The Motorola Rambler was announced last July 2010 by Boost Mobile Service and Motorola Company. It was released in the US market the month after at $100 together with another clamshell phone, the Motorola Bali. The following review provides more details about the Rambler mobile phone.
Design (3 out of 5)
The Rambler is a Motorola flip phone handset that measures about 3.7 inches in length, 2.24 inches in width and 0.7 inches in thickness. The phone looks quite compact, with curved corners on the front. The middle part of the phone is where its 1.6 inch LCD screen is placed. The colorful and bright display shows basic information like battery life, date, time and signal strength. The external display also works as a camera viewfinder as it has the camera lens above it. The left side of the phone features the speaker key, volume rocker and mini USB charger port. On the right spine are the voice command key and headset jack.
The main display measures 2.2 inches, with a resolution of 176x220 pixels and is capable of showing up to 65,000 colors. The interface looks bright and attractive. Upon opening the phone, the Motorola Rambler shows a navigational array featuring a couple of soft keys and a four way toggle key with the central “select” key. There are dedicated keys for camera function, Send and End, and Back functions. This makes it a lot easier to access frequently used features, particularly the phone camera.
The Motorola Rambler has a weight of 3.8 ounces so it is quite lightweight. While the phone is lightweight, the design leaves a lot to be desired. The straight corners at the back are not in sync with the rounder corners on the front side of the phone, so it can be quite uncomfortable to hold the handset.
User Interface (4 out of 5)
The phone does not open easily, but it clicks when firmly put in place. The Motorola Rambler’s interface can also be customized by adjusting settings such as backlight time and brightness as well as color themes, color format and wallpaper.
The full QWERTY keyboard has its number keys highlighted in red. The keys are noticeably raised above the keyboard surface, so it feels good to press them. This makes the Rambler a great phone for texting. There are three modes for composing messages- QWERTY and predictive texting for English and Spanish.
Features (4 out of 5)
The Motorola Rambler supports text and multimedia messaging. It can also support threaded conversations, so users can follow their text messages just like in instant messaging. The phone can also receive and send e-mail. It also supports email clients such as Yahoo Mail, Hotmail, AOL Mail and Gmail, and these can be accessed after entering the required server settings.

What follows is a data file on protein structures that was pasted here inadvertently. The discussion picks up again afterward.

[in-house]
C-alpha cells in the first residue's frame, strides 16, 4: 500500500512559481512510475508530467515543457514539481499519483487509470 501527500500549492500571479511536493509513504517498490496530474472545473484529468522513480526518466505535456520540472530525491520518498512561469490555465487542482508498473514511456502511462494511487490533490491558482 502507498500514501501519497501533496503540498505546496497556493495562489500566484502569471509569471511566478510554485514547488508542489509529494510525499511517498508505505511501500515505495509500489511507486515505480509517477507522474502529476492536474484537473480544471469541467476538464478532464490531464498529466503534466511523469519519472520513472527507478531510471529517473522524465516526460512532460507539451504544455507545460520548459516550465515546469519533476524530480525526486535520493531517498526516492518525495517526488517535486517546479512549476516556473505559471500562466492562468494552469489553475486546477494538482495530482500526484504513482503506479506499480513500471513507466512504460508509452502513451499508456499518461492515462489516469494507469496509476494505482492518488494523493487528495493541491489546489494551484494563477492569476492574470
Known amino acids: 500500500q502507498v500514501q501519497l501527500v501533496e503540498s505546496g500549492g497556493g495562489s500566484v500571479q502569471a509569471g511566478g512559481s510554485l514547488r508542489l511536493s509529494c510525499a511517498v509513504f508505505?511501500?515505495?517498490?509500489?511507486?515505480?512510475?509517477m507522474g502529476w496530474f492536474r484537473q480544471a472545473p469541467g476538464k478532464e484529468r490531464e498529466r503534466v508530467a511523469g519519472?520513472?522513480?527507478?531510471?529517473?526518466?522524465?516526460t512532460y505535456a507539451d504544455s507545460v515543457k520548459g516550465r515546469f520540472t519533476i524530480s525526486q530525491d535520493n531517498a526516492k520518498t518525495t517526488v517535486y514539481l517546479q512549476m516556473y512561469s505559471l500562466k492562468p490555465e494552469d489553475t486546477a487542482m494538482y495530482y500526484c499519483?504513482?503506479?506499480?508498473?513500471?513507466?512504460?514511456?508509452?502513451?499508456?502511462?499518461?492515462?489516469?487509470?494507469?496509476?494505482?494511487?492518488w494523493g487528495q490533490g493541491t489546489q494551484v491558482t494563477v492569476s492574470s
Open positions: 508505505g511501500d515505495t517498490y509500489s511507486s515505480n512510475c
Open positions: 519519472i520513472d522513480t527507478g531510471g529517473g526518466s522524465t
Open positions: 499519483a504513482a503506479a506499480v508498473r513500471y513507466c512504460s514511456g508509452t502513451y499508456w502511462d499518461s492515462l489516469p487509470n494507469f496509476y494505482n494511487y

The phone book of the Motorola Rambler can accommodate up to 5 numbers per contact. Each entry can also be customized by adding an e-mail address, web URL, instant messenger handle, notes, and street address.
The Motorola Rambler also comes with basic features like a speaker phone, vibrate mode, alarm clock, calculator, note pad, and world clock. Those looking for advanced functions can turn to features like the mobile web browser, GPS, instant messaging, and stereo Bluetooth.
The 1.3 megapixel camera can also record videos. The downside, however, is that the phone does not have a microSD card so users have to be content with the 256MB memory.
Performance (4 out of 5)
The camera is capable of taking pictures in four different resolutions, with a maximum of 1280x1024 pixels. There are also other settings like picture frames, self-timer, brightness, white balance, color effects, shutter tones, and 4x zoom. The phone camera, however, cannot be relied upon to take good quality pictures. Images taken using the phone camera are usually blurry, with washed out and muddy colors. The camcorder can also record videos of up to 5 minutes, but then again, the lack of expandable memory or microSD card slot makes the Rambler quite disappointing in this area.
The phone can be relied upon when it comes to call quality. Voices on the other line are usually loud and clear, with minimal static. Calls using the speakerphone were also good, and those on the other line would hardly distinguish the difference between a call made using a speakerphone from a non-speakerphone call.
The Motorola Rambler’s battery can last up to 5 hours of talktime and about 20 days of standby time.
Verdict (4 out of 5)